For the past few years, the CBD industry in both the UK and Europe has been growing at an unprecedented rate. Although the market, and knowledge in and around the industry, still stands slightly behind how rapidly things have moved in America – industries in the UK and Europe have still boomed, and continue to do so. In January 2019, a moment that you could also stamp as the period that CBD was moving firmly from the fringes of health foods and into the mainstream, the European Union officially listed CBD extracts and isolates under the Novel Foods act.
The European Union officially listed CBD extracts and isolates under the Novel Foods act.
At the time, some may have viewed this piece of legislation as somewhat archaic. The novel foods act defines food “that has not been consumed to a significant degree by humans in the EU before 15 May 1997”. Now, seeing as the benefits of hemp have only been rediscovered on a large scale in the West in the last decade, it seems evident that of course it was not consumed “to a significant degree by humans in the EU’ in 1997.
But like most things that fall through the echelons of bureaucracy, this legislation is essentially a paperwork task for CBD producers and manufacturers. That is to say, that this novel food ruling should in no way have impeded the product, sales, and consumption of CBD in the UK and the EU over the past couple of years.
The novel food act still very much allows for items listed as ‘novel foods’ to be sold, but they require an application and certification for their status.
It has been well known within the industry for quite some time that the novel food act was going to be implemented across countries in the EU as well as the UK. Some companies may have been hesitant when it came to the UK and questioned whether Brexit would impact this, i.e. would the European Commission still have ruling power.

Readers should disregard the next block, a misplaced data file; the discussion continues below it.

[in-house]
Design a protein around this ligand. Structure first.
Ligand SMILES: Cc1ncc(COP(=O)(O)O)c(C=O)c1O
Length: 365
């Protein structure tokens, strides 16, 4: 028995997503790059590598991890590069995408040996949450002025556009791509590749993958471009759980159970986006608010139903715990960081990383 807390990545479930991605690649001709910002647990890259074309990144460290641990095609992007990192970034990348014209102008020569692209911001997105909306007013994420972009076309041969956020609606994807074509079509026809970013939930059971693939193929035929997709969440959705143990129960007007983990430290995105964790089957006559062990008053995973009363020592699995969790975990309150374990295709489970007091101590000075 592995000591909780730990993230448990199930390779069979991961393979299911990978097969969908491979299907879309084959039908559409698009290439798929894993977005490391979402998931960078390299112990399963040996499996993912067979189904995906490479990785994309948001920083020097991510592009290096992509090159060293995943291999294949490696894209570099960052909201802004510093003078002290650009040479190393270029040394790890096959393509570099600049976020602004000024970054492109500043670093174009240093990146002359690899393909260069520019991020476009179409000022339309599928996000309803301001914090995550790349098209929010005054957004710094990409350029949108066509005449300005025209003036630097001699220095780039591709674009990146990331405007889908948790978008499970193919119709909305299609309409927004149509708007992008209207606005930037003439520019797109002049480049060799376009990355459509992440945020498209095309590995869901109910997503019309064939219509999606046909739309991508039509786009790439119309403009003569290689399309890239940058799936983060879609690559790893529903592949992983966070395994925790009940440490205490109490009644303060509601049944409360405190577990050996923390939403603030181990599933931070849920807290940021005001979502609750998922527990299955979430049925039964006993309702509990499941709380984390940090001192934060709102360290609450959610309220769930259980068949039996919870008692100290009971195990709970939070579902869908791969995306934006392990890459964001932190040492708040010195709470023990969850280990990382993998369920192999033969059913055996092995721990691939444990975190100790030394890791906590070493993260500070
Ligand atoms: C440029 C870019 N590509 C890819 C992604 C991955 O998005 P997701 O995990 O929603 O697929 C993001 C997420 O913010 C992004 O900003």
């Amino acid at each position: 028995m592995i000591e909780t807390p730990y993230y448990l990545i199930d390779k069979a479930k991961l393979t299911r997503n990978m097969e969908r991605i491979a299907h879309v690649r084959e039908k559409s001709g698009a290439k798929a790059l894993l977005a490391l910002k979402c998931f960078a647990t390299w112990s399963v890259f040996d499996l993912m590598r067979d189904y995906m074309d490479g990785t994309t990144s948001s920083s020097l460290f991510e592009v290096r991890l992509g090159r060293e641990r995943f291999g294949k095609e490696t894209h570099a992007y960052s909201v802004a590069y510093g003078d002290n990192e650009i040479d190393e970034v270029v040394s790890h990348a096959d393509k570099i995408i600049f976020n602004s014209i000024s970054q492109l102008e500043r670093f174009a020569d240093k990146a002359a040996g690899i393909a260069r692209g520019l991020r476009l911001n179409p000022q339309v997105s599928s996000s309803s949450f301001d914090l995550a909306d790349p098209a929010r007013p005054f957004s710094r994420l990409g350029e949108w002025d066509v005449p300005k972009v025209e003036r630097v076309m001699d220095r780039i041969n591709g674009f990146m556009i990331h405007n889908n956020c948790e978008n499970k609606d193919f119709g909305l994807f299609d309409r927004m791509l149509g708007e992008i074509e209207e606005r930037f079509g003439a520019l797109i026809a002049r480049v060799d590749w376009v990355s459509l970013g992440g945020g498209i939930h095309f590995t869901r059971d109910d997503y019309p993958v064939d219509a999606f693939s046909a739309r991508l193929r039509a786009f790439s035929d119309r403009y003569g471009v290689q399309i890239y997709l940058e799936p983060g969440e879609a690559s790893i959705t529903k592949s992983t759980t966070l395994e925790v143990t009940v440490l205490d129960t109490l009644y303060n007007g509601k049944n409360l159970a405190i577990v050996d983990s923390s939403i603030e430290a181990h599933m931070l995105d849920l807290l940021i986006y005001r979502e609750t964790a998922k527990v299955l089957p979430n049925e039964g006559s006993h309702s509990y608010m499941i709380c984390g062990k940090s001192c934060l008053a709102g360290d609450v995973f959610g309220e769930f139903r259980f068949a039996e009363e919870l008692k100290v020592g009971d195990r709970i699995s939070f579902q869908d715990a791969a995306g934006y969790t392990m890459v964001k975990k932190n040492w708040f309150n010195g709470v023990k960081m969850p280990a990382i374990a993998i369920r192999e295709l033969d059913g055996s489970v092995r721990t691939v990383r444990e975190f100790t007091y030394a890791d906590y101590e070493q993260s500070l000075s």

So what do we know? Those in the industry should have known, for some time now, that the applications for Novel Food status must be submitted by the 31st of March. This is all manufacturers and producers of CBD. And the applications for novel food status are not granted per company, but rather per product, meaning that all products which are manufactured in the same way will only require one certificate. But a manufacturer may have to submit several applications if they produce a variety of products and product forms.
The information that certificates are granted due to the production process and not with the company name has a seismic impact on what this means for many sellers and resellers of CBD products. We’re going to explain this in greater depth in just a second.
But first, we feel, it’s crucial to address the uncertainty that the seemingly sudden imposition of the 31st of March deadline for novel food status application has created in and around the CBD industry. A feeling of panic has been cast across white label, private label and wholesale clients. There is palatable anxiety from these clients asking will their products be taken off the shelves? Will they be able to continue their business? Who is responsible for obtaining the correct certifications? And how do they stay up to date with the apparently constantly moving rules on legislation?